Post Number: 31
|Posted on Monday, October 25, 2004 - 6:50 am: |
Note the bridge. Is this normal?
Haven't seen something like this yet.
Post Number: 307
|Posted on Monday, October 25, 2004 - 8:13 am: |
Other than it being a Series I, it looks correct to me..
Post Number: 1726
|Posted on Monday, October 25, 2004 - 8:24 am: |
Very nice instrument with a weird bridge indeed.
Do I read correct that it is number 33 from the year 75. It is a Series I indeed (Not 2) and it has the same bdoy design as Brother Funky Keavin's #12: the upper and lower horn are of the same length. Although this bass has a Omega cutout. One can see also the thicker and more rounded body also normal for the older Alembics.
Nice ...really ...cool inlays too!
Post Number: 378
|Posted on Monday, October 25, 2004 - 8:25 am: |
Umm, It's a Series I as far as I can tell. I do agree that the bridge looks twisted, but the bridge block is straight and it sort of looks like it's supposed to be that way on this instrument. I also like the intriguing inlays. Being #33, it would have been subject to a lot of experimentation, as if they ever really stopped trying new things. In fact, I am always surprised at how close those early instruments were to what remains the current state of the art.
Do you think that's really 'burl rosewood' on the top? It looks more like flame koa to me, but it is 30ish years old. The neck laminates also look like they could be walnut, wasn't that common in the early days?
I traded email with the seller last night and he agreed that it didn't have CVQs and was editing the listing, but he doesn't appear to have done so. He does, however, maintain that it's a SII because of the Omega cut. Also, there is no power supply or cable.
The bass was initially listed at $2995 with no reserve, so I would guess the reserve is in that vicinity. That would make this an interesting instrument to a collector, but a bit on the expensive side for a player.
Good luck to any and all that are interested.
Post Number: 2027
|Posted on Monday, October 25, 2004 - 8:41 am: |
I'll check the records, but that looks like 75AE033 - made in 1975 for export. Top and back also look like a modestly Bird's-eyed Zebrawood, which is very rare, we haven't run across another board in almost 30 years.
I'm guessing the neck is a standard Maple/Purpleheart arrangement. The purple looks a bit brown under the yellow finish, Walnut usually doesn't look that dark.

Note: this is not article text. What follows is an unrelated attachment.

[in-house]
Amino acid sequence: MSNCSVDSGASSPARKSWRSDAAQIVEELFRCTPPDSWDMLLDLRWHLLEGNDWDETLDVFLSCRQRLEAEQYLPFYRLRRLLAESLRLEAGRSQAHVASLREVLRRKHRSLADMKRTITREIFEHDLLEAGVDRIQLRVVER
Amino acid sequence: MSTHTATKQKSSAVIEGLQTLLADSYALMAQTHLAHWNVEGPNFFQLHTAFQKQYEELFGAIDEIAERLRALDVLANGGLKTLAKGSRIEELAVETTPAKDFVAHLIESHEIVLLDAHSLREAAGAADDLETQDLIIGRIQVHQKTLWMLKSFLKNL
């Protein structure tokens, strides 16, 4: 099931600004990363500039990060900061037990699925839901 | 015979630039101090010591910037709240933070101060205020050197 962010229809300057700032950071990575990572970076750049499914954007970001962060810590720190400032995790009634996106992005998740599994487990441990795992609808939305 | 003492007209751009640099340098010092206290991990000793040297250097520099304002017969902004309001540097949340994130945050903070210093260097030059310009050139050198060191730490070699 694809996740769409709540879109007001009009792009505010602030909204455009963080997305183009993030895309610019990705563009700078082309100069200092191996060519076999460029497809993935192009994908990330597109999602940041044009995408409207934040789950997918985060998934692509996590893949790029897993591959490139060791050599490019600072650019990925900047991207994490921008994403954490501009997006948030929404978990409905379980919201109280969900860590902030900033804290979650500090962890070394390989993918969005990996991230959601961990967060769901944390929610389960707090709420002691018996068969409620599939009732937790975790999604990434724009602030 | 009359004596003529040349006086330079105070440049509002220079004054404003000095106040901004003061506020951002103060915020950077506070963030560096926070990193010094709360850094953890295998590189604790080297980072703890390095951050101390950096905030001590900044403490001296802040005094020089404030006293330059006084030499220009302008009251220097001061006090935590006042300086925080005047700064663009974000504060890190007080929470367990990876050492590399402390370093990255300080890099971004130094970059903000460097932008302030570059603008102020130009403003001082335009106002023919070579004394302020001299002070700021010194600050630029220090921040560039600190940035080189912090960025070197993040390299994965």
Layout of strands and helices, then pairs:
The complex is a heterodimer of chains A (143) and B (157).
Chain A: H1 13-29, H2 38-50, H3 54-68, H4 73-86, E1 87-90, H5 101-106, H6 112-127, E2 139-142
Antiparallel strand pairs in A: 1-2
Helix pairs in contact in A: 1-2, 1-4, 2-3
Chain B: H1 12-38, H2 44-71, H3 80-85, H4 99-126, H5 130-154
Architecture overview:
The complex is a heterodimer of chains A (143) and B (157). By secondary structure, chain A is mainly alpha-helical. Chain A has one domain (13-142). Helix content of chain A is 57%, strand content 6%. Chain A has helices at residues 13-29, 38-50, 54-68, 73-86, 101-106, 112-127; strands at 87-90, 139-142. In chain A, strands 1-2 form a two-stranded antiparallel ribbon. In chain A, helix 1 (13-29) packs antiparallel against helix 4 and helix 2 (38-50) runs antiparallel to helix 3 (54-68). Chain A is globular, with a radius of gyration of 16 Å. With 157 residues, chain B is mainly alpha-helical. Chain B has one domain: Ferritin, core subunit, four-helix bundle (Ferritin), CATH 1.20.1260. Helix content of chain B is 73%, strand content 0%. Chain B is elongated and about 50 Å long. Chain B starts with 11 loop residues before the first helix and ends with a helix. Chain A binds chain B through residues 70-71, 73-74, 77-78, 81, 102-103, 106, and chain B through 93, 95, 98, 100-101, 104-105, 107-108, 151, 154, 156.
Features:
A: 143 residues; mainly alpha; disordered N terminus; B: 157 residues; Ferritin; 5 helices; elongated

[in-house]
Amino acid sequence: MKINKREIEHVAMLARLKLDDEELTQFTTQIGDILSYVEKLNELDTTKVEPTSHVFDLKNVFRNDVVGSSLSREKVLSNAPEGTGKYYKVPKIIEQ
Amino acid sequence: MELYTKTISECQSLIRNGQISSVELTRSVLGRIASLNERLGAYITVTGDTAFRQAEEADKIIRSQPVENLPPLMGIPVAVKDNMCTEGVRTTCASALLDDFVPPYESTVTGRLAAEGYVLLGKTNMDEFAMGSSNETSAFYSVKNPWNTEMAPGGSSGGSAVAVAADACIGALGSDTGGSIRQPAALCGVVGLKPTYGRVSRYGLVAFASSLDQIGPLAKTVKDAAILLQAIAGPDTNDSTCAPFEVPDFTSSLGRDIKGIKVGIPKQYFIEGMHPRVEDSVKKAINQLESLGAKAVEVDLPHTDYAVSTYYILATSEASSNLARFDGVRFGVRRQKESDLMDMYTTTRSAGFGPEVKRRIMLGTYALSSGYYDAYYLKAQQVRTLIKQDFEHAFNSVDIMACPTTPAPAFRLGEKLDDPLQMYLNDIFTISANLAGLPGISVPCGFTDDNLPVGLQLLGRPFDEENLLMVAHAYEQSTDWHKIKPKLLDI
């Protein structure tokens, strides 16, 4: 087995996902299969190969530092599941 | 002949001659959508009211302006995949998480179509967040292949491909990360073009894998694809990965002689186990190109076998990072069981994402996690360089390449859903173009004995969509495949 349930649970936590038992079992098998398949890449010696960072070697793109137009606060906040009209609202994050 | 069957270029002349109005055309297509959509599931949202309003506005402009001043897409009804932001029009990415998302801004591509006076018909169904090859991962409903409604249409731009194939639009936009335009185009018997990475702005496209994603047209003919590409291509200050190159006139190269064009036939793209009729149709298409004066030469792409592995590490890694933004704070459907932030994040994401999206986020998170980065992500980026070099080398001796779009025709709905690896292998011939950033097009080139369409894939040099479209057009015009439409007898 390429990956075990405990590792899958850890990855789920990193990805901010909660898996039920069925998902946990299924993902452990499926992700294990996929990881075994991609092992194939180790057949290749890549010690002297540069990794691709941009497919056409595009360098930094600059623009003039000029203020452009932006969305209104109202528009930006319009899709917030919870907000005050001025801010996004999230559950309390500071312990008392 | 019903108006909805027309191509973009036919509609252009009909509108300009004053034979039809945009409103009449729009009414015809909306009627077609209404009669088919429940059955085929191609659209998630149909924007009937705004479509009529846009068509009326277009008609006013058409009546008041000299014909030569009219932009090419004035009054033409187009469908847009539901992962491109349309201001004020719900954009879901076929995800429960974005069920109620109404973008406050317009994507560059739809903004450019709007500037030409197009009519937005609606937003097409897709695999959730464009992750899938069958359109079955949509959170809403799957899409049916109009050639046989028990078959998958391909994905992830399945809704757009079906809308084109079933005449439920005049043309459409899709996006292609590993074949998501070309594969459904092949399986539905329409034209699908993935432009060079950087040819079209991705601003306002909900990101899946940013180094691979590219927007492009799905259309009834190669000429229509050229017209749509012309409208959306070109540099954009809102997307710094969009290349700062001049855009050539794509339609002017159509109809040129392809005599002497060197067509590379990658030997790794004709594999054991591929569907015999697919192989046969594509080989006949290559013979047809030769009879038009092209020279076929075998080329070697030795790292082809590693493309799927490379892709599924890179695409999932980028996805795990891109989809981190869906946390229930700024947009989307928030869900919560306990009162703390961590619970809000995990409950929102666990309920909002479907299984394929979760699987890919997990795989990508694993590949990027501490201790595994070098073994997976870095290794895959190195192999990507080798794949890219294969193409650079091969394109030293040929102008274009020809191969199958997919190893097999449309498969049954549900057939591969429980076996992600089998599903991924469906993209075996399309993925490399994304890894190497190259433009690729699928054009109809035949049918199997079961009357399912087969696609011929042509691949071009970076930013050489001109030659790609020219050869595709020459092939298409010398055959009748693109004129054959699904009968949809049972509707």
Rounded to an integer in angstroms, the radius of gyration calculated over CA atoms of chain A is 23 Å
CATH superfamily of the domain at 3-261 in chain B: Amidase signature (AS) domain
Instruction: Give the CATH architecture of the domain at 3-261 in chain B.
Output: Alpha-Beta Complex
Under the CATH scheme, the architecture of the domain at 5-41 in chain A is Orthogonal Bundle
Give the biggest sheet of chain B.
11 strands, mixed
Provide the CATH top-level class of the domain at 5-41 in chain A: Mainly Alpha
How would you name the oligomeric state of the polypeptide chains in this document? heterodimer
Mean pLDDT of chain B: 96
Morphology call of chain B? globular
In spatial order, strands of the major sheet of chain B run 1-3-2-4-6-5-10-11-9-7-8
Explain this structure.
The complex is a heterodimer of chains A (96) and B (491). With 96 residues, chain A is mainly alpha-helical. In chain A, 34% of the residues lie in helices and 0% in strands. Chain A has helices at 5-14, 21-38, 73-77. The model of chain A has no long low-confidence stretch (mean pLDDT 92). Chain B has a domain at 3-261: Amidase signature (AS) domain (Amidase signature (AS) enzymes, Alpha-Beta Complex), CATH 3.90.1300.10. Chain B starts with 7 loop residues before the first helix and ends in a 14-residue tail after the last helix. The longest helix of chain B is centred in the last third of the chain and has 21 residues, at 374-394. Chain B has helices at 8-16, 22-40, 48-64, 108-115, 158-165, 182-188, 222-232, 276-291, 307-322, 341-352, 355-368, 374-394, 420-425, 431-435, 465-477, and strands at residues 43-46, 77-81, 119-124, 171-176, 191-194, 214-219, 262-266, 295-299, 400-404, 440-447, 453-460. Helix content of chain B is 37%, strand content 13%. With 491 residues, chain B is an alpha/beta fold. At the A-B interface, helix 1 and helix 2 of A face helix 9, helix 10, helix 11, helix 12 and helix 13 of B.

Omega cut doesn't make it a Series II, and a Point doesn't make it a Series I. We usually rely on the electronics to determine model name on an older bass like this. Back then, the names Series I and Series II did not exist.
Off to work and check those records!
Post Number: 115
|Posted on Monday, October 25, 2004 - 8:48 am: |
What about the fretboard inlays? Were those done by Alembic as a custom original or was that something offered as an option back in the day. They're quite interesting. Those aren't the 'birds of prey' that are listed on the custom quote generator...are they?
Post Number: 2028
|Posted on Monday, October 25, 2004 - 9:53 am: |
There was no 33 AE, and upon closer inpection of the picture, it must be 75AC033. It can't be 73 33 - that was in dela's collection and is Teak.
Here's what the file card says:
peghead veneers: Vermilion
fingerboard: Ebony - FRETLESS
birthday: not recorded
sold: directly to original owner
So if this is the right bass, I think the frets and inlays must have been added later, a nice job too if the LEDs still work. LEDs were not listed on the card, but neither was the neck, and it certainly has one of those!
To confirm if it's 75AC033, have the seller check for handwritten numbers on the card or one of the pots. I can reference these to recorded serial numbers for the electronics.
Post Number: 379
|Posted on Monday, October 25, 2004 - 10:40 am: |
It does appear that the headstock marking is 75AC on one side and 033 on the other, so I think you probably identified the right instrument. Do you remember ever building basses with a canted bridge like this one?
Post Number: 612
|Posted on Monday, October 25, 2004 - 11:13 am: |
The ad states Series I. Am I missing something or has it been edited?
Post Number: 94
|Posted on Monday, October 25, 2004 - 11:30 am: |
Edited. It originally described the bass as a '74 or '75 Series II with CVQ pots. The info has been corrected, apparently due to this club's efforts. Another one for the good guys!
Post Number: 382
|Posted on Monday, October 25, 2004 - 11:31 am: |
It's been heavily edited. I traded email with the seller last night and pointed him at this site and the boards to verify his info, maybe he stopped by.
Now I am curious about the whole serial number thing, though. I thought the serial numbers ran in a continuous upward line and weren't reused. It sounds like there was a separate series of numbers applied to export instruments, thus two #33 basses. Are the details of this documented somewhere?